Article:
Another prominent hill in Fife

Norman’s Law, Marilyn #936, 285m

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With this unseasonable weather the temptations to get to the top of a hill have been overwhelming. Despite niggles and difficult side-effects of the medication, my fitness levels are improving – although not yet so far that I could attempt even the most straightforward Munro (Meall Cuiach).

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Apart from the anomalous bulk of the Lomond Hills, which are visible from almost every summit in the Grampians and southern highlands, there are many prominent hills in Fife, many of which afford splendid views over a subtly beautiful landscape of rolling hills, mixed farmland, heath and woodland. The ridge along the north of the county affords excellent views of the Tay Estuary and the hills and mountains to the north. Ever since my success on Green Craig at the end of January, I have had my sights set on Norman’s Law.

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Martyn and Coll arrived at one, in time for soup before the walk. We parked near the spot height at 143m on the road between Brunton and Newburgh and followed the track to where it splits, either towards Luthrie or along the Fife Coastal Path. We followed neither, but instead walked through an empty field and steeply towards a gate, which we crossed into a pasture populated by a flock of pregnant ewes, who were initially startled, but soon formed a firm phalanx, observing closely as we walked past at a distance in the direction of an easy place through the fence onto the final plod up the hill. Happily Coll has absolutely no interest in sheep, only rodents hiding in long grass, and when available, hare.

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At the 285m summit we sat for a while in the still air, admiring the views and chatting. Suddenly I caught sight of a bird of prey, gliding beneath us, disappearing under the edge of the hill. Perhaps a harrier I suggested. Martyn was quick with the binoculars and caught sight of it again as it emerged briefly back into view. Immediately he exclaimed that it was an owl, a short eared owl! I had by now found my little telescope and we both scanned the air beneath us and from time to time glimpsed its thorough aerial surveillance. And as we descended along the eastern path we caught sight of it again, parsing the ground beneath in search of rodents. Coll was doing much the same, but with his nose and ears and at ground level. At one point we got a marvellous view of the bird – definitely a short eared owl – gliding over the field of sheep below, heading purposefully towards an area of felled woodland, whereupon it dropped quickly to the ground and disappeared from view. Coll also caught at least one small rodent amongst the long grass.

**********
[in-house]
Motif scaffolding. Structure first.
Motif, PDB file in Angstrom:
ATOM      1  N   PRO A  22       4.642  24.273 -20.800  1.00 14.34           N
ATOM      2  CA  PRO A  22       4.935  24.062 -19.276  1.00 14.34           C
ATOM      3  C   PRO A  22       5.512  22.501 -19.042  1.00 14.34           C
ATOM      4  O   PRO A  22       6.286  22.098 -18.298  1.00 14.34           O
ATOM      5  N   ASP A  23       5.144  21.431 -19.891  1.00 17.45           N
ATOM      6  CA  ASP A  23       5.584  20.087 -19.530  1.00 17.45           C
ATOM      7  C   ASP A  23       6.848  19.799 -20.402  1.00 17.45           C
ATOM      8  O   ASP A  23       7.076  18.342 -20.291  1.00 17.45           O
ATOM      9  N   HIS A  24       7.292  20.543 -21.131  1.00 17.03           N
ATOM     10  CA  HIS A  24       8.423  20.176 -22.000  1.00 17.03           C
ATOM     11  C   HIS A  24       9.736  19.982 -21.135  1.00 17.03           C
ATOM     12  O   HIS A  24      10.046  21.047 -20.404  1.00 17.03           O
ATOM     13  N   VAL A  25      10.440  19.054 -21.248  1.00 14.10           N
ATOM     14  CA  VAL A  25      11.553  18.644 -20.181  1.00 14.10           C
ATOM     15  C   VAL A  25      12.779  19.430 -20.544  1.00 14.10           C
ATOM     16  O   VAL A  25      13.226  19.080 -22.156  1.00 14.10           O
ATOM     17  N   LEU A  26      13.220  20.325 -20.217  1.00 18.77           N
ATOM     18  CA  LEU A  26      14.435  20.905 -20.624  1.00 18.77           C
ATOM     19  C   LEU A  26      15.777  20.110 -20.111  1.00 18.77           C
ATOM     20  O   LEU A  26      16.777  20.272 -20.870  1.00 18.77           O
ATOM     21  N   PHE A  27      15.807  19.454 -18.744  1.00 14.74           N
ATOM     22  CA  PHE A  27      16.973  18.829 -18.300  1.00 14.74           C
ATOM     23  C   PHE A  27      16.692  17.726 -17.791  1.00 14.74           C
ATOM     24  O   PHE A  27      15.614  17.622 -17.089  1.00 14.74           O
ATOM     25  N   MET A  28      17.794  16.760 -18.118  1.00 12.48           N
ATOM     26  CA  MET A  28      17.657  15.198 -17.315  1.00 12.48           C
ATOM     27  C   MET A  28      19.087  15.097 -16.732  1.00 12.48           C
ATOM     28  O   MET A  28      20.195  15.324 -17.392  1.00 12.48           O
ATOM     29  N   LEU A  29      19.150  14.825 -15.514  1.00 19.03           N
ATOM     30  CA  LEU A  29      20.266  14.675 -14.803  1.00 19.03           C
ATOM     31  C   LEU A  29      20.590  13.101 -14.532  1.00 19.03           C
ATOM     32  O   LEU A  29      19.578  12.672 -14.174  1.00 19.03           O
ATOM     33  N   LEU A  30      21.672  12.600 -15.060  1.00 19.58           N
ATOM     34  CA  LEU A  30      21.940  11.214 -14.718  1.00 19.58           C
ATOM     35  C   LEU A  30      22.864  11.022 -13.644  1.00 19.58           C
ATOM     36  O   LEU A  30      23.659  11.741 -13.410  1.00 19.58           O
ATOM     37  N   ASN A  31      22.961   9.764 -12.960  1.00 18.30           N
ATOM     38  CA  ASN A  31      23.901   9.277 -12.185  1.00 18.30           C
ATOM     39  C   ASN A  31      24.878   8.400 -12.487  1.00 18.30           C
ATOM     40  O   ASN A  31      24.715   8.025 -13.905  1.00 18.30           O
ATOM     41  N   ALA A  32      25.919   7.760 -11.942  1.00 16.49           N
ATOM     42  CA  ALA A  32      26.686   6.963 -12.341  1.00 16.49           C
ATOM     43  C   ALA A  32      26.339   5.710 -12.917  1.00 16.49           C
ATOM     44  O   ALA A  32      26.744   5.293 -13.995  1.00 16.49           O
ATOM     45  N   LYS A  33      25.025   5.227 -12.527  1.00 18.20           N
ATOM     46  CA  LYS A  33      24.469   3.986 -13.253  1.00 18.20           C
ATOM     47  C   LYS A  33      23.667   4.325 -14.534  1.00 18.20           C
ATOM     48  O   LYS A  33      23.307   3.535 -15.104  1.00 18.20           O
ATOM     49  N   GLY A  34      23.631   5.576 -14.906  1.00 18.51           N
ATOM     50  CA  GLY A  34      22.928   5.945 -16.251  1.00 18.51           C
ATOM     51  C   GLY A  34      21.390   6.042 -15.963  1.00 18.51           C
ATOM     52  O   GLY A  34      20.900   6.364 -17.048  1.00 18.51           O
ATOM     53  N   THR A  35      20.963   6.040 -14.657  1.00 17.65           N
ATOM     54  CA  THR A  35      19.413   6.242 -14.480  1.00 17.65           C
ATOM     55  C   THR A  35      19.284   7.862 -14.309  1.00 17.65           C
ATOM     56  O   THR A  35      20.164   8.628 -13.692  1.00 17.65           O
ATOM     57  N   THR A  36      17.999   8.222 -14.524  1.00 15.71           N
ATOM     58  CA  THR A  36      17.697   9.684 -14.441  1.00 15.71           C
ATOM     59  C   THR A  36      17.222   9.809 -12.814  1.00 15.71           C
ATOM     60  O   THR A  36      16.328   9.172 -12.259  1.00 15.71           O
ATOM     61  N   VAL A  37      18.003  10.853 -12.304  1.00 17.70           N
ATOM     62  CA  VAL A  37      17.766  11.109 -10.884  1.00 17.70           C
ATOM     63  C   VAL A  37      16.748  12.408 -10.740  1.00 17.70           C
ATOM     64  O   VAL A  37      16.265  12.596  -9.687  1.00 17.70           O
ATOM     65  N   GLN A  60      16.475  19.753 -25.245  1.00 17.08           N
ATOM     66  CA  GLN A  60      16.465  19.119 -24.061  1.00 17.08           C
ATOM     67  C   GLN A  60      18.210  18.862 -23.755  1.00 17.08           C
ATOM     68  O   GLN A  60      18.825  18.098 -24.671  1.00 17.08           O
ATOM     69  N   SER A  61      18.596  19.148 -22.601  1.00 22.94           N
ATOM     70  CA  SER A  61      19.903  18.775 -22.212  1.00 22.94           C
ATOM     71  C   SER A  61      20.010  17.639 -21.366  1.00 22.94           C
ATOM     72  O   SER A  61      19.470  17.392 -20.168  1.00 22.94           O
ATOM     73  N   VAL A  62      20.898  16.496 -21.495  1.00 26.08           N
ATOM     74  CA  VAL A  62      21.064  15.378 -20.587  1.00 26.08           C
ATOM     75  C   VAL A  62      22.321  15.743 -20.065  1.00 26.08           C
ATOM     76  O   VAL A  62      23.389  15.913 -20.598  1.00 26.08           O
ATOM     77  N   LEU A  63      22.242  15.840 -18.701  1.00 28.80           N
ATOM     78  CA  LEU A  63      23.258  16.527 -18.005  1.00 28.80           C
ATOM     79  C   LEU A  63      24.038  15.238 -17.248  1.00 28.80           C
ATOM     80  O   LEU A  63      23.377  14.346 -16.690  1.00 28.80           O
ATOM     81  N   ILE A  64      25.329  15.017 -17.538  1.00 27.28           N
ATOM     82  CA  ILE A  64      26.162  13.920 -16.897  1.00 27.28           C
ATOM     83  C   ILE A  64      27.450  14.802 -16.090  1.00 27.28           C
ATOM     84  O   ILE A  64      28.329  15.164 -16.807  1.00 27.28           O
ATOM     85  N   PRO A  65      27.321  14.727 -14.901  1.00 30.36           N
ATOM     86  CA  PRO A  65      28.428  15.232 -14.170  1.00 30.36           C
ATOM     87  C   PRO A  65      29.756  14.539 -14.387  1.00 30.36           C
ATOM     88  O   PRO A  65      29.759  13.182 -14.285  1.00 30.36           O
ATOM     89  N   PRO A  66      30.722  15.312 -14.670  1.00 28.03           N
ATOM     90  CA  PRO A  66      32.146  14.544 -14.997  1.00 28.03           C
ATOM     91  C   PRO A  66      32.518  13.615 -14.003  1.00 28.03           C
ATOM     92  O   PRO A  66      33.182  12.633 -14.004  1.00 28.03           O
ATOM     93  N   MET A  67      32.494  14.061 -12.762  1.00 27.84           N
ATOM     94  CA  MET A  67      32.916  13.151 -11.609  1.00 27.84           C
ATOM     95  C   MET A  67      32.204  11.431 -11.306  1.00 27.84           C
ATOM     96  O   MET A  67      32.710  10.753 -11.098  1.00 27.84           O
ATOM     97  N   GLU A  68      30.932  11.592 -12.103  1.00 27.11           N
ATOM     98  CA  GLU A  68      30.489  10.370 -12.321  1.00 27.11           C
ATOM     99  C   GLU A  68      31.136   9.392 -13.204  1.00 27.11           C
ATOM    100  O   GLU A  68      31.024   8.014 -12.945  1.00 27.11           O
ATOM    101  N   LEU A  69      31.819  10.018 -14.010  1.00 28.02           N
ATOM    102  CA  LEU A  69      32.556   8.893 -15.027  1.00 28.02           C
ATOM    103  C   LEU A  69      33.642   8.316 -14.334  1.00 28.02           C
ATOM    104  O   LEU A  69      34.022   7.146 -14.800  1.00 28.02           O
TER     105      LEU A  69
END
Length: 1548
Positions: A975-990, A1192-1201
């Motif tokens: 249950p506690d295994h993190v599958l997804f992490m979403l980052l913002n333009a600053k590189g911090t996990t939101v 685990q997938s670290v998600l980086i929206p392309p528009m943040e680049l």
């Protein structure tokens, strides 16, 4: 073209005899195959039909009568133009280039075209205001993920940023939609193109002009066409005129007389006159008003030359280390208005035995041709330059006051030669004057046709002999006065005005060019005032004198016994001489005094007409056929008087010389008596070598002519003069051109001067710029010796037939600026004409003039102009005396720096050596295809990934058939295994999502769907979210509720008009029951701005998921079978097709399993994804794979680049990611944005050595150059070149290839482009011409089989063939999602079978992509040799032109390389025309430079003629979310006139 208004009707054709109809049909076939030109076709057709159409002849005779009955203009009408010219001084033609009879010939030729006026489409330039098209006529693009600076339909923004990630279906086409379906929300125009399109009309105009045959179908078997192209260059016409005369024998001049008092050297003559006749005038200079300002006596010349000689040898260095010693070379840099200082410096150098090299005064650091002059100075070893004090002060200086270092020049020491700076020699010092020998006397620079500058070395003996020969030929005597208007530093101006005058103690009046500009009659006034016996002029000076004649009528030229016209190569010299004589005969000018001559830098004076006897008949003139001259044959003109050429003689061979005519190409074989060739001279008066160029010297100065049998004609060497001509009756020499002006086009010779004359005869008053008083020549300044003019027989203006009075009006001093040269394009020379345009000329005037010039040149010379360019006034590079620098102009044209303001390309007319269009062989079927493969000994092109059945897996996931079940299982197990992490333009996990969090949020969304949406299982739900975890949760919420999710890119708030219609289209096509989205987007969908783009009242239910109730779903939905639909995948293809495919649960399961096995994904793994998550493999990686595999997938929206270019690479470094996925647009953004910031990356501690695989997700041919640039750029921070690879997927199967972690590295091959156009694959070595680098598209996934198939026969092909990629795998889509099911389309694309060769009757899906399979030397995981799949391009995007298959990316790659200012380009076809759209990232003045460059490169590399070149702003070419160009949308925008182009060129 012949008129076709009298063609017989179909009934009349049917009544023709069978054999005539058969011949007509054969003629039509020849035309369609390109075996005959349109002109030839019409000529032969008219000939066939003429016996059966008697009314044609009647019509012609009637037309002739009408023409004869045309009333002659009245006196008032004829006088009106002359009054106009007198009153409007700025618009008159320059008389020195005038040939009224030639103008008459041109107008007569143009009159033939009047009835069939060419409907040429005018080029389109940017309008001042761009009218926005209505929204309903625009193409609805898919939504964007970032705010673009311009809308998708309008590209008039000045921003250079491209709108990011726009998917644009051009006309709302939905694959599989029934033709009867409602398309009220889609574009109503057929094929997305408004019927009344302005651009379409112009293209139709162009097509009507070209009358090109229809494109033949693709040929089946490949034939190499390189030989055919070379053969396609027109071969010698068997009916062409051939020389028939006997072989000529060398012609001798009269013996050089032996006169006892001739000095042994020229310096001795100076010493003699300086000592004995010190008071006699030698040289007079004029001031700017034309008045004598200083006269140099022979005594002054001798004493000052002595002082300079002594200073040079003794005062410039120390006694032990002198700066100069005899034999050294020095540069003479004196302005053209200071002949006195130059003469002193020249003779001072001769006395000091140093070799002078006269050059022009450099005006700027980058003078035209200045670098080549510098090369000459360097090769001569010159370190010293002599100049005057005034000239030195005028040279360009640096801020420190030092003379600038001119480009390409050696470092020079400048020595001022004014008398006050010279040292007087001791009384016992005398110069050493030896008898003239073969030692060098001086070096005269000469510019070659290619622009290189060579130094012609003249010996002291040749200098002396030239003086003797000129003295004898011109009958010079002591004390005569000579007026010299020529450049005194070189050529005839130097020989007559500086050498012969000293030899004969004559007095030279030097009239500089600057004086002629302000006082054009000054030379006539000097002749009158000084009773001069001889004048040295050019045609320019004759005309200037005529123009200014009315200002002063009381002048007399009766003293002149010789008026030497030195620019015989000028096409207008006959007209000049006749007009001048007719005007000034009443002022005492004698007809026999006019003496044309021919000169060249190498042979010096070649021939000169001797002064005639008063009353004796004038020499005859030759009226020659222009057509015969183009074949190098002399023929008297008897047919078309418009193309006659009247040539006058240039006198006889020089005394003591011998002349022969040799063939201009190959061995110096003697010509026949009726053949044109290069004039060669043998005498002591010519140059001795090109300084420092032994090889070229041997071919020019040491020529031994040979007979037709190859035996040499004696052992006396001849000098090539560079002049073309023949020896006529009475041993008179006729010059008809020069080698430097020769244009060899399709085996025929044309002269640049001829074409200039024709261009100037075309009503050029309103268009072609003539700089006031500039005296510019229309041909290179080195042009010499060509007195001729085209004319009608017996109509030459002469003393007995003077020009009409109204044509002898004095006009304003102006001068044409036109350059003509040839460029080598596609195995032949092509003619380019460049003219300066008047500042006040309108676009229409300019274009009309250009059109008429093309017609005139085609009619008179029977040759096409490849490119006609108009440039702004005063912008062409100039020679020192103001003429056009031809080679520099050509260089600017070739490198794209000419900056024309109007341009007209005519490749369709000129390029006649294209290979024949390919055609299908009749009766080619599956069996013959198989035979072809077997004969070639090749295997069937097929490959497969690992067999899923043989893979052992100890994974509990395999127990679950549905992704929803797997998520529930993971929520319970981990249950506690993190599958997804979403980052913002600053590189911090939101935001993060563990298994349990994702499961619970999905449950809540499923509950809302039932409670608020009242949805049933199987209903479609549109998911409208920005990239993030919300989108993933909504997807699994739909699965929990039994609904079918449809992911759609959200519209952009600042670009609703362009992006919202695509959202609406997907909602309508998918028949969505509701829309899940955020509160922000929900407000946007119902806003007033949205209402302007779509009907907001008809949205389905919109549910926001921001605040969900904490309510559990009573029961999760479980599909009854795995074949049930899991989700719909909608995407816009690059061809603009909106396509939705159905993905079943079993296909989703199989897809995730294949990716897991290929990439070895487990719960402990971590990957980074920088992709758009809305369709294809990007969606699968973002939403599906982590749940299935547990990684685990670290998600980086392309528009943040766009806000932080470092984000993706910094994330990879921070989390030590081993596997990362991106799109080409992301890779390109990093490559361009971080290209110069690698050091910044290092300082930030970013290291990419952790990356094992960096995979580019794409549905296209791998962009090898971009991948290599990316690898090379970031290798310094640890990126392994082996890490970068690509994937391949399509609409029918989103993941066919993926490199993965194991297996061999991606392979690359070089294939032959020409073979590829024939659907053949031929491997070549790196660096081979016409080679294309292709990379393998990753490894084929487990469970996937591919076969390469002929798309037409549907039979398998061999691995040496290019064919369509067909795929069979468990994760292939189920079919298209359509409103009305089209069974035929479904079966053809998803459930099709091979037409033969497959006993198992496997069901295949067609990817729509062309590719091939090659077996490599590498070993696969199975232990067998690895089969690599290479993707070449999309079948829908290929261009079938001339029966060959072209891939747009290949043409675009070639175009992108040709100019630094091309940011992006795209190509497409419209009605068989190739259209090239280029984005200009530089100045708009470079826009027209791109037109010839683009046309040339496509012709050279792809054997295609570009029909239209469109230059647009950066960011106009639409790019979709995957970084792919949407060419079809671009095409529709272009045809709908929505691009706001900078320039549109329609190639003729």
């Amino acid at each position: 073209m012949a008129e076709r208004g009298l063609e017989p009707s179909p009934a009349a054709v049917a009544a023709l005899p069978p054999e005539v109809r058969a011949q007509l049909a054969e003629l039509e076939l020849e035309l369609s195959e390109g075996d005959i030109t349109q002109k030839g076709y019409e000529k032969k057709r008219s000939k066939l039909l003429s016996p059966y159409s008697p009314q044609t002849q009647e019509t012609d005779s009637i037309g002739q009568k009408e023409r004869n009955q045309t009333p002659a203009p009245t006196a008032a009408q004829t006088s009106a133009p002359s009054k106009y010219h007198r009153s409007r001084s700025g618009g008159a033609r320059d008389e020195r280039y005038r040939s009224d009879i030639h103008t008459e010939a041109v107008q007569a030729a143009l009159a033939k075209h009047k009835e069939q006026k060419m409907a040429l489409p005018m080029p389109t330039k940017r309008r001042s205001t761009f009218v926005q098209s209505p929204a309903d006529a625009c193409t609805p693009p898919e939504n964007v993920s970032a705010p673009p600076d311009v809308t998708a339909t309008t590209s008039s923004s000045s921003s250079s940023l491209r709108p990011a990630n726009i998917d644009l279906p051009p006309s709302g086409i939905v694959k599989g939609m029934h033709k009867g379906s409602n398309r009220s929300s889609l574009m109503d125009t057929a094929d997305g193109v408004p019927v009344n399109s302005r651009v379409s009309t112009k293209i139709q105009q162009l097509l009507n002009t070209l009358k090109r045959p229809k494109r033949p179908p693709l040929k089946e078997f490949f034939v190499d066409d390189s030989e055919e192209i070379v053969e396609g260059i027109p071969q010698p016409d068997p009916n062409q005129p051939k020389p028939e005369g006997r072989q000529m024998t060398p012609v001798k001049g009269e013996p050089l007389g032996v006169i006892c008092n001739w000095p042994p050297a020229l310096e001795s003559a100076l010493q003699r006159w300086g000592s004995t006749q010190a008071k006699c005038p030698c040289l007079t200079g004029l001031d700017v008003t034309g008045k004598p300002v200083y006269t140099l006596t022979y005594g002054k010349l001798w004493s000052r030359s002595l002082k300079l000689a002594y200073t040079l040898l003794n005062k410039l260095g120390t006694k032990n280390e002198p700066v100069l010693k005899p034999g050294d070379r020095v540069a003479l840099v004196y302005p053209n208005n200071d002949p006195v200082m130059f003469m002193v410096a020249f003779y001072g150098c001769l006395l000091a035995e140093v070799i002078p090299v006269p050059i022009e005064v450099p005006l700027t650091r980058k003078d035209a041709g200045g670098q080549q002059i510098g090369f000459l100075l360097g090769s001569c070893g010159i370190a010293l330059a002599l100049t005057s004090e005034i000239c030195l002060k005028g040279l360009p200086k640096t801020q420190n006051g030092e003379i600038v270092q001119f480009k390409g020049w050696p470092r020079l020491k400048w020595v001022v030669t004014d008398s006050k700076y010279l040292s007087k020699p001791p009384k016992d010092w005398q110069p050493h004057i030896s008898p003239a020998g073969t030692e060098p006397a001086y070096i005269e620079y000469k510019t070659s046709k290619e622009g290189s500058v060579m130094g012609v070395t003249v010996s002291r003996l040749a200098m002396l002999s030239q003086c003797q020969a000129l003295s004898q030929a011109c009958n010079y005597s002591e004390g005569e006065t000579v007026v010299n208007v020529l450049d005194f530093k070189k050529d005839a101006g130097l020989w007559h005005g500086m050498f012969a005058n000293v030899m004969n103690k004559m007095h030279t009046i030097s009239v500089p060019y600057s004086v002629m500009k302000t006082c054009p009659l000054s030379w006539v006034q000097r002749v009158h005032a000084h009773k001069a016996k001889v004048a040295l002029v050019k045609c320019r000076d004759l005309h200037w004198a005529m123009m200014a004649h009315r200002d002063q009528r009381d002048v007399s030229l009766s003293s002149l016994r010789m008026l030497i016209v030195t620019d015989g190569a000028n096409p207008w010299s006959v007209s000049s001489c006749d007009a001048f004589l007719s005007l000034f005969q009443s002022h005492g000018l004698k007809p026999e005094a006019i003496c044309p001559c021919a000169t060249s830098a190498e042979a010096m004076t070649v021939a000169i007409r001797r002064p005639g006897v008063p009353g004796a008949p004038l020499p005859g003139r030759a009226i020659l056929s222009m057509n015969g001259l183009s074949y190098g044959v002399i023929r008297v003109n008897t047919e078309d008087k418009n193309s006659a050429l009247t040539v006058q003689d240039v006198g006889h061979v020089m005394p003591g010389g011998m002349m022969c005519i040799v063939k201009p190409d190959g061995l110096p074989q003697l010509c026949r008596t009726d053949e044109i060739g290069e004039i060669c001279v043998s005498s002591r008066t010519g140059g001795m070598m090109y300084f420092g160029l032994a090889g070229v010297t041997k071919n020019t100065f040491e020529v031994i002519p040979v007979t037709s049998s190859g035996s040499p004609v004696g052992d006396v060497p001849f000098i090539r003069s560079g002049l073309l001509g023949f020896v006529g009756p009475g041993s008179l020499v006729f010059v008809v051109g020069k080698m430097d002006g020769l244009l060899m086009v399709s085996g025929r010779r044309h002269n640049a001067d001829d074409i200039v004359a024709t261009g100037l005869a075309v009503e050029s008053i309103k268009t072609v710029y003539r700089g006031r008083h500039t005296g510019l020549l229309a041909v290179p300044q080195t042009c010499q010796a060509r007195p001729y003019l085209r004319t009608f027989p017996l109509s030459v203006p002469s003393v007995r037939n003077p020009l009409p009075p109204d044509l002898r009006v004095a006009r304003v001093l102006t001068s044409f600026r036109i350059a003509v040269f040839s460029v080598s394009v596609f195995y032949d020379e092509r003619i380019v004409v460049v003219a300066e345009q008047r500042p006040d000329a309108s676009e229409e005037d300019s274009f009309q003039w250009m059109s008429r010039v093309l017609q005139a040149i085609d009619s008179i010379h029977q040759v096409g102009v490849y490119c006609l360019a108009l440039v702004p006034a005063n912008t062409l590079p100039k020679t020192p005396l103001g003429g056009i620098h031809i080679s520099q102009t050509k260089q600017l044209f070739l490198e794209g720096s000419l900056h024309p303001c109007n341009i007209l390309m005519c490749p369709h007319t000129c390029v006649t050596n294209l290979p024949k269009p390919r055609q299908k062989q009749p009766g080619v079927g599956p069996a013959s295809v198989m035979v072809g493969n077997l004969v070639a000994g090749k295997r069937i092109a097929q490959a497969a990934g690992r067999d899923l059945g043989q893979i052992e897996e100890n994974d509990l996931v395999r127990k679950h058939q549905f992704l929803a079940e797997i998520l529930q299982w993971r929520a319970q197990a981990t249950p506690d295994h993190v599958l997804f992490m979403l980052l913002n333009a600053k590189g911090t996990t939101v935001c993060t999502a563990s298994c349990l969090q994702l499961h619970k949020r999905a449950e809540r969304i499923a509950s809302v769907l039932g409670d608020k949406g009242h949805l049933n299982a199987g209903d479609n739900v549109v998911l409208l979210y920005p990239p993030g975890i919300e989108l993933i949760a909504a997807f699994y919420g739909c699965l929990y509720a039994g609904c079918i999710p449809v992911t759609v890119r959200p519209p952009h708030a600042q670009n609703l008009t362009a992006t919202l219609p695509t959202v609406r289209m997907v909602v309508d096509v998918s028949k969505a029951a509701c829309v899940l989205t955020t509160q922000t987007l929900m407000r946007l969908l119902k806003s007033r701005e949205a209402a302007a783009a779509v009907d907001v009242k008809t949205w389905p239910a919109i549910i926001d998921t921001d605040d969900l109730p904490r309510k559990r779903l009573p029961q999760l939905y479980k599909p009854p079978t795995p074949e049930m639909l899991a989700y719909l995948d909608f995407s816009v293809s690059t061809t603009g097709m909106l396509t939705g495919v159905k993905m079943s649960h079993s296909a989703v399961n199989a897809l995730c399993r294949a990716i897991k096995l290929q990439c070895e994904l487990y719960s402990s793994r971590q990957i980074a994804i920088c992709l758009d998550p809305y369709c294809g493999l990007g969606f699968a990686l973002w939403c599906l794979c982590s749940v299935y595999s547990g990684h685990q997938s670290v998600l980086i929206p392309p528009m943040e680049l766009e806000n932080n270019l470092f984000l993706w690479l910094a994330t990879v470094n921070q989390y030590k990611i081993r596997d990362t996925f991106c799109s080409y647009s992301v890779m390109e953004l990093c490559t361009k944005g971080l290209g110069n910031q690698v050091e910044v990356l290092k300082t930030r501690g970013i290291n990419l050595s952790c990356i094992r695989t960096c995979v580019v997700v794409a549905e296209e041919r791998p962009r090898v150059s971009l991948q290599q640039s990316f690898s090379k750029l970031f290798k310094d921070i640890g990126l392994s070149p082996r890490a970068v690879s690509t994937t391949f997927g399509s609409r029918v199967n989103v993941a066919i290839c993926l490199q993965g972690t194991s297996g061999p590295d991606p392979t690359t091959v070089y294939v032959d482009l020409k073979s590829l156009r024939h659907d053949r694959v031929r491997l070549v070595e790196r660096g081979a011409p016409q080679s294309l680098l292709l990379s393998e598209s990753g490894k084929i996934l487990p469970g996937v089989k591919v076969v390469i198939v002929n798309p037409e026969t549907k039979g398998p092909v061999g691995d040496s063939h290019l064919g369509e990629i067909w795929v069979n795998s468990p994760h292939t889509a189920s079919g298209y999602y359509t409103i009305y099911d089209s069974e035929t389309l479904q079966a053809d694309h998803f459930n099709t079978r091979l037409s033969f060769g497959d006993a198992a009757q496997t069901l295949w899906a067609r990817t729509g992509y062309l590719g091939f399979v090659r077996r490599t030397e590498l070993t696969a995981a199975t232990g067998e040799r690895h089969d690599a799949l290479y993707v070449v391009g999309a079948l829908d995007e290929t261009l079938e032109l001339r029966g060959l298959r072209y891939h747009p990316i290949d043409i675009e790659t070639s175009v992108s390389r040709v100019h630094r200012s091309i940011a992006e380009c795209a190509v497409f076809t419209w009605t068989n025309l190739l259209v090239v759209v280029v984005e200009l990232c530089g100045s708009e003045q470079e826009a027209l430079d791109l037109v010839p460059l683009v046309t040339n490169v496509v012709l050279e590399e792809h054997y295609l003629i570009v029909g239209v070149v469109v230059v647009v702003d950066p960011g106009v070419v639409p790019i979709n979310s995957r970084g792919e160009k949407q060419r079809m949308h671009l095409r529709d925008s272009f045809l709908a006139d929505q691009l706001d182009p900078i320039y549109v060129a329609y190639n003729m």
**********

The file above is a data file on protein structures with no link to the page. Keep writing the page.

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The descent has a couple of scrambly bits, but nothing that taxed my experience or threatened to inflame my back pain. My body appears now to be working well under the control of the medication; I can walk for reasonable distances, albeit at a slower pace than before, for up to two and half hours without feeling anything but ordinary fatigue. The only restriction of which I am conscious is a reluctance to take myself to places where I might stumble and then be obliged to move my body suddenly in such a way that it jolts my back. This is a very powerful motivator, both mental and physical; my intentions are naturally never again to do anything that might reproduce the pain I experienced before I was admitted to hospital, my body too has also learned, instinctively holding itself in such a way that it will be safe. My posture is on the whole good. The only times I feel anything like pain in my lower back now is if I have been sitting badly for too long or awaken, dribbling on a chair, having fallen asleep in the wrong position, but always this is relieved with rest and good exercise. The only movement I definitely cannot make is to lift anything heavier than a newspaper from ground level, and the only position I cannot assume is to bend over at an angle similar to that I adopted when I was riding a bike. My body has learned and my mind is sharply motivated.

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At the foot of the hill we turned left back along the track to the car and returned home for tea and cake, where we checked out the bird books; definitely a short eared owl. Although I could take no photo, I still have an image in my mind’s eye, looking through my monocular, of the bird gliding towards us, its big round face and deep dark eyes continuously scanning the ground, held aloft by effortless wings, silently and almost invisibly in search of a meal. A wonderful vision of natural bodily coordination and control from which to take inspiration.

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Thanks to Martyn and Coll for another fine day out.

 

Author: Duncan Spence

Mountaineer, retired bicycle messenger, philosopher, wordsmith, Dutch translator.

2 thoughts on “Another prominent hill in Fife”

  1. I always get a frisson of excitement when I see an e-mail saying you have a new blog post. I so enjoy and am in awe of your writing, your thinking and your spirit. Thank you.

    Liked by 1 person

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